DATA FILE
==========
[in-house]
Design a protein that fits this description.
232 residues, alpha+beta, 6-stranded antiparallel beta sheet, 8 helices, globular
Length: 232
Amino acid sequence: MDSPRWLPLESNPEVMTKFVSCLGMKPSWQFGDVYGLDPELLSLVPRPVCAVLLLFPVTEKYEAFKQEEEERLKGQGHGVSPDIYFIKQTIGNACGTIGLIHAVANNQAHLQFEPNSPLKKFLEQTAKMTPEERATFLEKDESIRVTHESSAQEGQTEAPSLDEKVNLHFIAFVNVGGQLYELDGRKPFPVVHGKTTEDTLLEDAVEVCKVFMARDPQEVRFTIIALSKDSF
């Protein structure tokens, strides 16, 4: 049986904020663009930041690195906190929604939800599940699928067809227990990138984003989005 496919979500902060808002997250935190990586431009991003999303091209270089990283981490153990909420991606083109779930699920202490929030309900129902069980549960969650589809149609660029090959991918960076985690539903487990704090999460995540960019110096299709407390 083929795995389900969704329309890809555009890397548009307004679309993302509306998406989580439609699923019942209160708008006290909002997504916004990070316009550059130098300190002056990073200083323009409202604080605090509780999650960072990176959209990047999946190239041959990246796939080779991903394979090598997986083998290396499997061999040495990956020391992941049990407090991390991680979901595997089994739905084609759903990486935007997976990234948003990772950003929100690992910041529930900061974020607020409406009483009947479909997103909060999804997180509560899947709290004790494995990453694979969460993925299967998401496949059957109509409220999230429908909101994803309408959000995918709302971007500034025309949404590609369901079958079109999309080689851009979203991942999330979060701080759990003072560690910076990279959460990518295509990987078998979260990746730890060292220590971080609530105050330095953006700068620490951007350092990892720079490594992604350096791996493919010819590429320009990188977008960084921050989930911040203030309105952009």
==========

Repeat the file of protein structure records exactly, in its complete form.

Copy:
[in-house]
Design a protein that fits this description.
232 residues, alpha+beta, 6-stranded antiparallel beta sheet, 8 helices, globular
Length: 232
Amino acid sequence: MDSPRWLPLESNPEVMTKFVSCLGMKPSWQFGDVYGLDPELLSLVPRPVCAVLLLFPVTEKYEAFKQEEEERLKGQGHGVSPDIYFIKQTIGNACGTIGLIHAVANNQAHLQFEPNSPLKKFLEQTAKMTPEERATFLEKDESIRVTHESSAQEGQTEAPSLDEKVNLHFIAFVNVGGQLYELDGRKPFPVVHGKTTEDTLLEDAVEVCKVFMARDPQEVRFTIIALSKDSF
């Protein structure tokens, strides 16, 4: 049986904020663009930041690195906190929604939800599940699928067809227990990138984003989005 496919979500902060808002997250935190990586431009991003999303091209270089990283981490153990909420991606083109779930699920202490929030309900129902069980549960969650589809149609660029090959991918960076985690539903487990704090999460995540960019110096299709407390 083929795995389900969704329309890809555009890397548009307004679309993302509306998406989580439609699923019942209160708008006290909002997504916004990070316009550059130098300190002056990073200083323009409202604080605090509780999650960072990176959209990047999946190239041959990246796939080779991903394979090598997986083998290396499997061999040495990956020391992941049990407090991390991680979901595997089994739905084609759903990486935007997976990234948003990772950003929100690992910041529930900061974020607020409406009483009947479909997103909060999804997180509560899947709290004790494995990453694979969460993925299967998401496949059957109509409220999230429908909101994803309408959000995918709302971007500034025309949404590609369901079958079109999309080689851009979203991942999330979060701080759990003072560690910076990279959460990518295509990987078998979260990746730890060292220590971080609530105050330095953006700068620490951007350092990892720079490594992604350096791996493919010819590429320009990188977008960084921050989930911040203030309105952009």